Treadmill vs. Running Outside

find out what is better - treadmill or running outside

As a runner, you may be wondering whether it’s more beneficial to run on a treadmill or to run outdoors. If you make some adjustments to your running style, you can train just as well inside as you can out in the world, making this largely a matter of personal preference. Read on to learn more about the pros and cons of running on a treadmill or running outside.

From a workout standpoint, running on a treadmill is slightly easier than running outside because you’re not encountering any wind resistance. However, because you can adjust the grade of a treadmill to account for this difference, you can usually get just as good of a workout indoors as you can out on a track or trail. According to researchers, setting the treadmill to a one percent incline accurately simulates the conditions of running outdoors.

An obvious benefit to running on a treadmill is that you can do so no matter what the weather. If it’s raining, snowing too hot, late at night, or otherwise unfavorable to run outdoors, the treadmill might be a better choice in those instances.

If you’re training for a specific race, you can also use the computer on the treadmill to simulate the exact race course. You can program the machine for distance, incline, and other conditions to make your training runs as close as possible to your planned race.

Another benefit to running on a treadmill is that it more easily allows you to practice eating and drinking while running, a necessity if you’re training for a marathon or other long race. It’s easier when you’re inside to practice ingesting fluids without carrying those with you.

While these benefits of running on a treadmill are clear, there are some detriments as well. If you only ever run on a treadmill, it can be very difficult to learn how to pace yourself and maintain pace throughout a long run. Because you can set your pace automatically on a treadmill, it might be difficult to do so on your own when race day comes.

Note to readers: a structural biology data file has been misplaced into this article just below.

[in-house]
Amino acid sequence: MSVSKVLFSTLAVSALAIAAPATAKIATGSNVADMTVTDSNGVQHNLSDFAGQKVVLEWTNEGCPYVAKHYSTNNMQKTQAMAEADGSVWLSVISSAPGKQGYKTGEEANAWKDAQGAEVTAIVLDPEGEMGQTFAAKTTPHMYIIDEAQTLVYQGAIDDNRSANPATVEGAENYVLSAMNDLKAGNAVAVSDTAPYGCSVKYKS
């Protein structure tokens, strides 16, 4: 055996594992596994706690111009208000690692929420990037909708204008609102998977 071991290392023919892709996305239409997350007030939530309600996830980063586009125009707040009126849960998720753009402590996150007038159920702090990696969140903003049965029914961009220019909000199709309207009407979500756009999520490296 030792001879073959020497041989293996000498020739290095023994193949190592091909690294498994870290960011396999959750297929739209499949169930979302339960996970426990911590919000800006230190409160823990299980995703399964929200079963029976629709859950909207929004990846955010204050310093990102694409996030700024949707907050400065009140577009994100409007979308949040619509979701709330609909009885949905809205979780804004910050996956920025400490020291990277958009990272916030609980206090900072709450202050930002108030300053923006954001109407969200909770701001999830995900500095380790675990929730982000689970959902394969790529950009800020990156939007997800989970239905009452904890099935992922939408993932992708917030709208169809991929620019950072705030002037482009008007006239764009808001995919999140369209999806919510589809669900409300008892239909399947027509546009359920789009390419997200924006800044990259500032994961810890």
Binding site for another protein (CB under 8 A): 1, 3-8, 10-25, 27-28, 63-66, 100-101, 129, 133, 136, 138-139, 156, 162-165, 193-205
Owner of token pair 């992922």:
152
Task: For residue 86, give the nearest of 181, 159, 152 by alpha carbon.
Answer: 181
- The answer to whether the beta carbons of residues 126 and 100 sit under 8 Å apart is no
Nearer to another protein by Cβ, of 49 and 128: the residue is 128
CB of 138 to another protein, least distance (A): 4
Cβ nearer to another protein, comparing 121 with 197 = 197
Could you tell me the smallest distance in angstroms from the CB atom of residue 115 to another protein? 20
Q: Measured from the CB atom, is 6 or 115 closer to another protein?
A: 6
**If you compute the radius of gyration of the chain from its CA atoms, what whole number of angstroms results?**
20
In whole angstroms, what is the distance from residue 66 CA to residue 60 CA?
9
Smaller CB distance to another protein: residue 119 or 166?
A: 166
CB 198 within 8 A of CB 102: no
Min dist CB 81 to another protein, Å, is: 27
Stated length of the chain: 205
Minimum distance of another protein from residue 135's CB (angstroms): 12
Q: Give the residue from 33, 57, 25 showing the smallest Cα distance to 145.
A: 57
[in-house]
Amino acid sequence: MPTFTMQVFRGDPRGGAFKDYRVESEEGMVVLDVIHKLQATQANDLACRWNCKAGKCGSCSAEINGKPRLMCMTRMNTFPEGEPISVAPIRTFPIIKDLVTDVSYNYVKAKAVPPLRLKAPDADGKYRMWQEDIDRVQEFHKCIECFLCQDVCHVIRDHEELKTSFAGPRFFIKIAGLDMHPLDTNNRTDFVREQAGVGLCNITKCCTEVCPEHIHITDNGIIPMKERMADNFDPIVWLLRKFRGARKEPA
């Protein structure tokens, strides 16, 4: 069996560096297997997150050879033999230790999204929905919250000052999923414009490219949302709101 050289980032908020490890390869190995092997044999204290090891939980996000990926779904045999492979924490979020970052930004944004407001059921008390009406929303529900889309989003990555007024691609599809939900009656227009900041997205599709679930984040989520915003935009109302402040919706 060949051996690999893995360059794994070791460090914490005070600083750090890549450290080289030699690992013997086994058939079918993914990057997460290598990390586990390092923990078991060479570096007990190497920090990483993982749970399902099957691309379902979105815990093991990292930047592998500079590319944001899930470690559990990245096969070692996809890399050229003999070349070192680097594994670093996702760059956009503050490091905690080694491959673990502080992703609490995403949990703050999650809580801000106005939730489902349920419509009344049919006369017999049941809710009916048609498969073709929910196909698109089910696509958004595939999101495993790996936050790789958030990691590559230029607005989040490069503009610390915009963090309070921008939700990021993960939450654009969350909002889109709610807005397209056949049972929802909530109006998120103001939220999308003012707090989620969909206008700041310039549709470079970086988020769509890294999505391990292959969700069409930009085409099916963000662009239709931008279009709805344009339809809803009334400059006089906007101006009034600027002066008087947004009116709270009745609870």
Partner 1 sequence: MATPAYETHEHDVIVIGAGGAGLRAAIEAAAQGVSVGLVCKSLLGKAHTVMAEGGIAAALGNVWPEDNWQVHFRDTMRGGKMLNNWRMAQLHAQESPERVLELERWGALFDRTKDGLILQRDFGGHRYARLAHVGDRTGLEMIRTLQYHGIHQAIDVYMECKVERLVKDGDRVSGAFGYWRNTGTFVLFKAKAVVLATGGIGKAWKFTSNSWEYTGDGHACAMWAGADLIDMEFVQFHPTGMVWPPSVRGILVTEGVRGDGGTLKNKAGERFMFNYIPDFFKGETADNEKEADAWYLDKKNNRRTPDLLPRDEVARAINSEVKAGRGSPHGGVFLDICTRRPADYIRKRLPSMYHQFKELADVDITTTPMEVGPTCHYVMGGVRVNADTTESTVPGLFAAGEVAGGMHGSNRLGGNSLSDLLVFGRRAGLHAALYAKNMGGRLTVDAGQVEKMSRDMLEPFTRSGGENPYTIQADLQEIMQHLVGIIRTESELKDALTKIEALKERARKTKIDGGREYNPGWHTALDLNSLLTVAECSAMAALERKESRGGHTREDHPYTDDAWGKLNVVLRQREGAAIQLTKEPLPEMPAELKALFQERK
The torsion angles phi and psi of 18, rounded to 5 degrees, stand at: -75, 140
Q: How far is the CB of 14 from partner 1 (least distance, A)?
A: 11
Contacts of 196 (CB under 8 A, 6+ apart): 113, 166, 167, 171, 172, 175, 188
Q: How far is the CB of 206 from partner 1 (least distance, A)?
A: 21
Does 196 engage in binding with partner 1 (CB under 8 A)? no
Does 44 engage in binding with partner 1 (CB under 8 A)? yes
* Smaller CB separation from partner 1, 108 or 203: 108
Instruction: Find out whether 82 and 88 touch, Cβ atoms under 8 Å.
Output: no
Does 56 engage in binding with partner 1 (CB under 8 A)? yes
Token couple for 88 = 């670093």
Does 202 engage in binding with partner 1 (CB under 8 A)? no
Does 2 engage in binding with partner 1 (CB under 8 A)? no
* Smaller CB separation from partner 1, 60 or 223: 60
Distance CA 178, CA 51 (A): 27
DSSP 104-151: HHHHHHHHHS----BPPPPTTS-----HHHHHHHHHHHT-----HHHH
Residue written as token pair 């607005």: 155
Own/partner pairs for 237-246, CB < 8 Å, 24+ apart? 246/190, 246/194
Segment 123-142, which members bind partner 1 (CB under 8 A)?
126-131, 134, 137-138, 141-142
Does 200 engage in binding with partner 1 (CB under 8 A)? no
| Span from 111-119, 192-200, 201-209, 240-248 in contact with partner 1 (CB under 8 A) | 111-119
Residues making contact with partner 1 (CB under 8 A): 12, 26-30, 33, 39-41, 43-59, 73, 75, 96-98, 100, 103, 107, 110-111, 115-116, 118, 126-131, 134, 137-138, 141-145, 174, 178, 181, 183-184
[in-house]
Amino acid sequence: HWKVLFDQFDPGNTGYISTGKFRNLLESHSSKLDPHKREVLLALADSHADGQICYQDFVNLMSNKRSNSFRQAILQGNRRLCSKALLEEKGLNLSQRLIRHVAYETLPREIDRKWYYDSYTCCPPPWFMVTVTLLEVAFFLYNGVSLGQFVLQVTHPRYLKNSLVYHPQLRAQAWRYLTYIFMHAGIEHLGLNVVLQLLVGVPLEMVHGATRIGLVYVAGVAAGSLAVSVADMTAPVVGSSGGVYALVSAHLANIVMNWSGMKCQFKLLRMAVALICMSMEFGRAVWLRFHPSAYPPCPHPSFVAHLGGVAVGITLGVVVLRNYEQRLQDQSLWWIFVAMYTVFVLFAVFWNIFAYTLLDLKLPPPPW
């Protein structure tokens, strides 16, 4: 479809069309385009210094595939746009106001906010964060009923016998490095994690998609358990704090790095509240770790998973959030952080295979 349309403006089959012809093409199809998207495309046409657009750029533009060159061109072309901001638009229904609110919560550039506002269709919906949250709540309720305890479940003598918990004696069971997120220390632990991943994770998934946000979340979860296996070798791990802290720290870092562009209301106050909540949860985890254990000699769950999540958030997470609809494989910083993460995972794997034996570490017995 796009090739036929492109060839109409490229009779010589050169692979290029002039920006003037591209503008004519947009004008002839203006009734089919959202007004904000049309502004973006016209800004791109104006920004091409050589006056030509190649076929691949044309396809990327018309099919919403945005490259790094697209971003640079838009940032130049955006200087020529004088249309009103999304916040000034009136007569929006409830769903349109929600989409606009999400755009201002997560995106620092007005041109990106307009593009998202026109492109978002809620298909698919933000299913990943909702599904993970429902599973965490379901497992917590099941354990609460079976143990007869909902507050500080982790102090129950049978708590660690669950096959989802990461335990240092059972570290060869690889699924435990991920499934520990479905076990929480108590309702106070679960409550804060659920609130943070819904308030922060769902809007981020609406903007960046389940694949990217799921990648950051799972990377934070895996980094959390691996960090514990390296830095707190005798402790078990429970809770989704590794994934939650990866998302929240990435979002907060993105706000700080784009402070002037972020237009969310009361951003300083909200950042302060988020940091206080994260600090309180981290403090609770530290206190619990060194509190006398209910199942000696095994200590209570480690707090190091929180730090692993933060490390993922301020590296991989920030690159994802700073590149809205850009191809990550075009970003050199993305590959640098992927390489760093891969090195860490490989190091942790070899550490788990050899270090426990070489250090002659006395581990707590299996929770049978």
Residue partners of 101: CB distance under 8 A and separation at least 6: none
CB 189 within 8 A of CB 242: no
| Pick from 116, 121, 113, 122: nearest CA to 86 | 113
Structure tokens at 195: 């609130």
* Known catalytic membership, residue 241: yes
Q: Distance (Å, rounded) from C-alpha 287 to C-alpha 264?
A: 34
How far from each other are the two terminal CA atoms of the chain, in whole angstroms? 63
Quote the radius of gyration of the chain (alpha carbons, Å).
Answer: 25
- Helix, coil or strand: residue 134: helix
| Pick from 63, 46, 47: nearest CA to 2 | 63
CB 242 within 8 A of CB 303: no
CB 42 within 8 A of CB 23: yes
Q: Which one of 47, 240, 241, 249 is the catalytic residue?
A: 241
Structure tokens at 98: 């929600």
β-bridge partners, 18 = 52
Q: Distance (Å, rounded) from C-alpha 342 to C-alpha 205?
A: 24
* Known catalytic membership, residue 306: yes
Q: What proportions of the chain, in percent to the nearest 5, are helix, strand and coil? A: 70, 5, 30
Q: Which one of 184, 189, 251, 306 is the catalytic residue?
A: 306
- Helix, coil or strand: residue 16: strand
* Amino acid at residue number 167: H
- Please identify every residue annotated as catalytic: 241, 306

Many runners also find themselves bored while running on the treadmill, which may make it difficult to keep up with a regular training routine. It can also make your run seem much longer than it really is when you don’t have scenery and passing distance to keep your mind occupied and mark your progress.

For most serious runners, a combination of regularly running outside with occasional use of the treadmill is the best strategy. As discussed above, the treadmill can be a great training tool, especially if you’re first starting out as a runner. And for those who live in harsh climates, there may be no other choice but to incorporate indoor treadmill runs into the training regime.

Reactive Neuromuscular Training on Kineo


Kineo – the most versatile muscle testing using artificial intelegence


Kineo – the most versatile muscle testing using artificial intelegence


Kineo – the most versatile muscle testing using artificial intelegence


In this instance, an athlete was originally diagnosed with minor quadriceps muscle strain and was treated for four weeks, with unsatisfactory results. When he came to our clinic, the muscle was not healing, and the patients’ muscle tissue had already begun to atrophy.

Upon examination using MSUS, we discovered that he had a full muscle thickness tear that had been overlooked by his previous provider. To mitigate damage and promote healing, surgery should have been performed immediately after the injury occurred. Because of misdiagnosis and inappropriate treatment, the patient now has permanent damage that cannot be corrected.

The most important advantage of Ultrasound over MRI imaging is its ability to zero in on the symptomatic region and obtain imaging, with active participation and feedback from the patient. Using dynamic MSUS, we can see what happens when patients contract their muscles, something that cannot be done with MRI. From a diagnostic perspective, this interaction is invaluable.

Dynamic ultrasonography examination demonstrating
the full thickness tear and already occurring muscle atrophy
due to misdiagnosis and not referring the patient
to proper diagnostic workup

Demonstration of how very small muscle defect is made and revealed
to be a complete tear with muscle contraction
under diagnostic sonography (not possible with MRI)


Complete tear of rectus femoris
with large hematoma (blood)


Separation of muscle ends due to tear elicited
on dynamic sonography examination

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